In The Studio: Monica Bill Barnes Gets Refreshingly Real About Happy Hour
If you've been following our "In The Studio" series you know that most of our episodes take place in just that—a studio. But at a dress rehearsal for Monica Bill Barnes & Company's latest project Happy Hour, I found myself in what looked like an episode of "The Office" on a day of shooting an after-work party.
Before the company began their rehearsal I sat down with Barnes to discuss the refreshingly relatable comedy of her work:
MBB & Co puttin' some moves down in "Happy Hour." Photo by Grant Halverson
When it comes to figuring out what's funny, do you let the audience's reaction dictate the work and tweak from there, or is it a more rigorous process during the development of a piece?
I'm interested in using comedy as a way to make the work relatable. I find often the audience is laughing at moments of failure, at moments where they've had a similar experience. The comedy and the laughter can actually be a release from the tension of some of the very sincere performing that Anna [Barnes' longtime performing partner, Anna Bass] and I are doing. So often I find the things that we're crafting to be heartbreaking tend to be the big laughs of the show.
Collaboration is a common theme throughout your work. Is that usually what sparks a new project or does it start from a more singular idea?
The process begins with Anna and I in the studio, anywhere from six months to a year, creating tons and tons of choreography. Then my collaborators, Robbie Saenz de Viteri (Creative Producing Director) and Kelly Hanson (Designer) come in the process and begin to shape the material—giving it meaning that makes it more relatable and broader than just the sequence of moves. So many of the things that I think our audiences really relate to are in the performances, the costumes and the environment that they enter into when the show starts. There are so many pieces that create meaning and the choreography is actually living within it, and that's really where the meaning and the weight of the show resides.
The hilariously smart styles of MBB & Co in "Happy Hour" Photo by Grant Halverson
Do you feel like it's a deliberate choice to make socially conscious work with an element of comic relief?
For the past 20 years we've been invested in thinking about the way that women are represented on stage. How that relates to the world and how that relates to how we're talking and thinking about gender. It is very deliberate that we make work that asks people to think differently about what's funny and how we see women on stage, and how we feel the art form of dance is readable and relatable.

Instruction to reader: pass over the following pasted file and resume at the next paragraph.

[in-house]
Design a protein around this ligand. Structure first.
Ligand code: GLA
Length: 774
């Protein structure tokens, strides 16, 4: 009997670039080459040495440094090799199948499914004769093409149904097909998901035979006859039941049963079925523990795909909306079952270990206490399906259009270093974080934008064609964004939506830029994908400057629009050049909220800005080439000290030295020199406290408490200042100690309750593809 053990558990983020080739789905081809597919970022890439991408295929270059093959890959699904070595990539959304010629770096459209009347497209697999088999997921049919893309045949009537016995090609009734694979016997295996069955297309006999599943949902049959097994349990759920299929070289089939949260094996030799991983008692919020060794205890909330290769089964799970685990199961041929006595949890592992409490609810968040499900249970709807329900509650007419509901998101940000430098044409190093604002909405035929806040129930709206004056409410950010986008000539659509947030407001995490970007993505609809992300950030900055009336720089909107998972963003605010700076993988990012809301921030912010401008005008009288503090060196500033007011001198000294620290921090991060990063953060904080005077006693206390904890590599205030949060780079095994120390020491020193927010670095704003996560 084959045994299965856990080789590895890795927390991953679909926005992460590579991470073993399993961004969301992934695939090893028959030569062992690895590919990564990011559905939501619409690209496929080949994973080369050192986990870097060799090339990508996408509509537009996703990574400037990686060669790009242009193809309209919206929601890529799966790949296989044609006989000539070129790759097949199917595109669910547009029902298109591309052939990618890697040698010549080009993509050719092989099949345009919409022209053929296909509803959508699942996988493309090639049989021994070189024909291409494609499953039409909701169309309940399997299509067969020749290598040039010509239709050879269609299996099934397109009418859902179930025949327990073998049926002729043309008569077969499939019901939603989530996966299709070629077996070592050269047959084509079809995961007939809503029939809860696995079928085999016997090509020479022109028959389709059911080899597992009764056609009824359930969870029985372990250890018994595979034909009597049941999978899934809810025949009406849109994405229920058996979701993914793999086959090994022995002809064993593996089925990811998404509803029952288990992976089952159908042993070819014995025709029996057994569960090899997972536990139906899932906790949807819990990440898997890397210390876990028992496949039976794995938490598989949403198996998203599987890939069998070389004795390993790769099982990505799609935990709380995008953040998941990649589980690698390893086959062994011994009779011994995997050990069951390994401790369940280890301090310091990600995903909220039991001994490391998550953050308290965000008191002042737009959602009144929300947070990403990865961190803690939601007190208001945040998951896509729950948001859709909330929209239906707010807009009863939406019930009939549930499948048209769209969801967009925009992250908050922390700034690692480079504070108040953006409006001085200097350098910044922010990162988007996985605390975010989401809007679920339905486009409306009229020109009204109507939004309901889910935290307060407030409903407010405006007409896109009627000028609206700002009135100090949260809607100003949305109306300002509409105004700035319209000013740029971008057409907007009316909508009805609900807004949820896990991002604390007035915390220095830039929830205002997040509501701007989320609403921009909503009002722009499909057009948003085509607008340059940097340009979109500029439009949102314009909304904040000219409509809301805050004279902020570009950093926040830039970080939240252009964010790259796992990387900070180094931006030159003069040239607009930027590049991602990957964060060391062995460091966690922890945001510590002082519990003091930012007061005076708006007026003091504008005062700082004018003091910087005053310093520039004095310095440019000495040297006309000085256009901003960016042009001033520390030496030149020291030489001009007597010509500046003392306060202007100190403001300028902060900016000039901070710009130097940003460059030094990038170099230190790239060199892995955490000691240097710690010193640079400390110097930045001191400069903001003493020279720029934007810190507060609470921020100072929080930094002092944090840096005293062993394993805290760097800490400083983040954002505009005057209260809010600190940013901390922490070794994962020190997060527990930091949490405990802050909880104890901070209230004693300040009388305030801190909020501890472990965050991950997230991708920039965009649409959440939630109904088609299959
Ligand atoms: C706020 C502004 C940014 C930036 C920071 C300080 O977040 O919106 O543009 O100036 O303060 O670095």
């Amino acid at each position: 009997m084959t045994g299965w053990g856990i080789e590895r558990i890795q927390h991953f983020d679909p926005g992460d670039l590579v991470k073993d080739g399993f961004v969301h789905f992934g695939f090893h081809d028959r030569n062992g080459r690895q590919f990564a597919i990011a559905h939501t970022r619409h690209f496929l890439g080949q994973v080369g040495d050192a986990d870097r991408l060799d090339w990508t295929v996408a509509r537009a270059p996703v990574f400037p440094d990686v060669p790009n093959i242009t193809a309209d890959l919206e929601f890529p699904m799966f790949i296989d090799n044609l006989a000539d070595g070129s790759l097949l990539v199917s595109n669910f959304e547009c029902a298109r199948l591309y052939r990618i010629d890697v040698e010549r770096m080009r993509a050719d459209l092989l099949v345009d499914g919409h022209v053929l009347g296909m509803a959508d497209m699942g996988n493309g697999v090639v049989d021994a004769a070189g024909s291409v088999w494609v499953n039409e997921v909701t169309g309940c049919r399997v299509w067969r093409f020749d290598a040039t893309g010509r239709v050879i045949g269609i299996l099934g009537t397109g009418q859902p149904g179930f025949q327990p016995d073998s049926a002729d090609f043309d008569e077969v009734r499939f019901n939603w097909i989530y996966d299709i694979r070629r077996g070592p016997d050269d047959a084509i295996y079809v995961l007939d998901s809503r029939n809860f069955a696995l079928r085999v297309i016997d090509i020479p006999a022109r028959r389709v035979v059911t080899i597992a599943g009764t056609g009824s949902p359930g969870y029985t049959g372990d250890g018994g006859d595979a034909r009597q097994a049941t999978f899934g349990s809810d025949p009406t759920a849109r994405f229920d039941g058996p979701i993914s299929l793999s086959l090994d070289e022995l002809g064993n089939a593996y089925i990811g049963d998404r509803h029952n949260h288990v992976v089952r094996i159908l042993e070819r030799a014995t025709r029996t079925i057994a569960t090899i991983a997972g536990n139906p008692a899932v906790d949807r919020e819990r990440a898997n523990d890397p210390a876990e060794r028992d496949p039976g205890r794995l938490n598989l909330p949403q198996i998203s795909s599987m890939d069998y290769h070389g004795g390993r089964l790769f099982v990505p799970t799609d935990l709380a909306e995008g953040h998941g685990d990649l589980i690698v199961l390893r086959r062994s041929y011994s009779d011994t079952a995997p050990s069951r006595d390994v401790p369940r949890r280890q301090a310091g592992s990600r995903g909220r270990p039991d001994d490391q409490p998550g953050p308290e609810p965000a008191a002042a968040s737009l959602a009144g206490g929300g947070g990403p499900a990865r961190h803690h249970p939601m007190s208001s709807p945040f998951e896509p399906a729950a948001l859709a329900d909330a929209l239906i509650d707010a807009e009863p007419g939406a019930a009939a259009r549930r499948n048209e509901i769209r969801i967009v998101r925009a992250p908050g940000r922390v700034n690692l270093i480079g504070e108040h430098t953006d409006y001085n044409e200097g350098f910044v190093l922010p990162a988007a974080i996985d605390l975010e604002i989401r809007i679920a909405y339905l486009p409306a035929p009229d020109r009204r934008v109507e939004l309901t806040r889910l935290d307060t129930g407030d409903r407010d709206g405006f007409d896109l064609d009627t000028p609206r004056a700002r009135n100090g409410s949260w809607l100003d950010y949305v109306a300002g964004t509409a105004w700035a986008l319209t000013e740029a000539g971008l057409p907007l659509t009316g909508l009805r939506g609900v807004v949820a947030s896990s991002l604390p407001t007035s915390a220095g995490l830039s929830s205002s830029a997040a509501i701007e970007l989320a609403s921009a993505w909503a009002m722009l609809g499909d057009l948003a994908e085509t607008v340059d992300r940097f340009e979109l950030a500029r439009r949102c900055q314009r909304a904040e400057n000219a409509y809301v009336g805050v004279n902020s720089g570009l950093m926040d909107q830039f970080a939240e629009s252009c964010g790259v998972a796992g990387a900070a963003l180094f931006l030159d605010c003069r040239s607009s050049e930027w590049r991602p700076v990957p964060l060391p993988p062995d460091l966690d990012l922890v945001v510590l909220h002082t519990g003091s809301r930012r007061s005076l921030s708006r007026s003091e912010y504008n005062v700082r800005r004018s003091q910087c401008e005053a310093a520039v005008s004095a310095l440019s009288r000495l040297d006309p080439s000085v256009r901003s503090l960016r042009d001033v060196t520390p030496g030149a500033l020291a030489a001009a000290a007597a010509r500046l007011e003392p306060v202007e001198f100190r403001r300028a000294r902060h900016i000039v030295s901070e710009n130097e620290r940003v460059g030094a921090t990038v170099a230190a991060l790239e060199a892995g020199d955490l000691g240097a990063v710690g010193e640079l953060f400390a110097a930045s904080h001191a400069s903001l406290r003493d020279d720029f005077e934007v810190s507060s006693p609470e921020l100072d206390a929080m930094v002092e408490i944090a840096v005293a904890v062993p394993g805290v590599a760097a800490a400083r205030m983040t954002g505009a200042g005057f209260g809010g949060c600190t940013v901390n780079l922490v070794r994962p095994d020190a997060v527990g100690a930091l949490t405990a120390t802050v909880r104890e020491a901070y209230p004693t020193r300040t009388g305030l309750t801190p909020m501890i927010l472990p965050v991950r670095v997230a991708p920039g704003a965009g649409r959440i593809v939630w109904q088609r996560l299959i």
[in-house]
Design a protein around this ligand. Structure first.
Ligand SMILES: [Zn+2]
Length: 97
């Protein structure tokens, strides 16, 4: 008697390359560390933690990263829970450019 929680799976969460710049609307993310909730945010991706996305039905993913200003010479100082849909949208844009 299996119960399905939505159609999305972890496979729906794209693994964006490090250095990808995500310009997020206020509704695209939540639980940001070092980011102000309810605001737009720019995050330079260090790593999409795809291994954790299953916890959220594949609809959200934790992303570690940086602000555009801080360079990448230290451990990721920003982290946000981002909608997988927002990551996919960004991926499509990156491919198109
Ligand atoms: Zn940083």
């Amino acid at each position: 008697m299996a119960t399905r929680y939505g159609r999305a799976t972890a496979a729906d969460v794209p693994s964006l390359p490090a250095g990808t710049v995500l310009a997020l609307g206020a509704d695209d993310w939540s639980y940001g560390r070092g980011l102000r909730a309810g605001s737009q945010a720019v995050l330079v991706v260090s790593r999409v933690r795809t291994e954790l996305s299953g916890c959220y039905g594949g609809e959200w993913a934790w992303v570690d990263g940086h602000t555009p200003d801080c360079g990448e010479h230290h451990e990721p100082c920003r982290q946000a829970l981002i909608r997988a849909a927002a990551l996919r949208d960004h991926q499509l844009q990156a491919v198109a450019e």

Happy Hour invites audiences to "come for the free drink, stay for the hope of a life-changing experience."
New York City Ballet principal Sara Mearns wasn't sure she was strong enough. A ballerina who has danced many demanding full-length and contemporary roles, she was about to push herself physically more than she thought was possible.
"I said, 'I can't. My body won't,' " she says. "He told me, 'Yes, it will.' "
She wasn't working with a ballet coach, but with personal trainer Joel Prouty, who was asking her to do squats with a heavier barbell than she'd ever used.
"The show must go on" may be a platitude we use to get through everything from costume malfunctions to stormy moods. But when it came to overcoming a literal hurricane, Houston Ballet was buoyed by this mantra to go from devastated to dancing in a matter of weeks—with the help of Harlequin Floors, Houston Ballet's longstanding partner who sprang into action to build new floors in record time.
Her Dying Swan was as fragile as her Juliet was rebellious; her Odile, scheming, her Swanilda, insouciant. Her Belle was joyous, and her Carmen, both brooding and full-blooded. But there was one role in particular that prompted dance critic Arnold Haskell to ask, "How do you interpret Giselle when you are Giselle?"
At eight, Alicia Alonso took her first ballet class on a stage in her native Cuba, wearing street clothes. Fifteen years later, put in for an ailing Alicia Markova in a performance of Giselle with Ballet Theatre, she staked her claim to that title role.
Alonso received recognition throughout the world for her flawless technique and her ability to become one with the characters she danced, even after she became nearly blind. After a career in New York, she and her then husband Fernando Alonso established the Cuban National Ballet and the Cuban National Ballet School, both of which grew into major international dance powerhouses and beloved institutions in their home country. On October 17, the company announced that, after leading the company for a remarkable 71 years, Alonso died from cardiovascular disease at the age of 98.
William Forsythe is bringing his multi-faceted genius to New York City in stripped down form. His "Quiet Evening of Dance," a mix of new and recycled work now at The Shed until October 25, is co-commissioned with Sadler's Wells in London (and a slew of European presenters).
As always, Forsythe's choreography is a layered experience, both kinetic and intellectual. This North American premiere prompted many thoughts, which I whittled down to seven.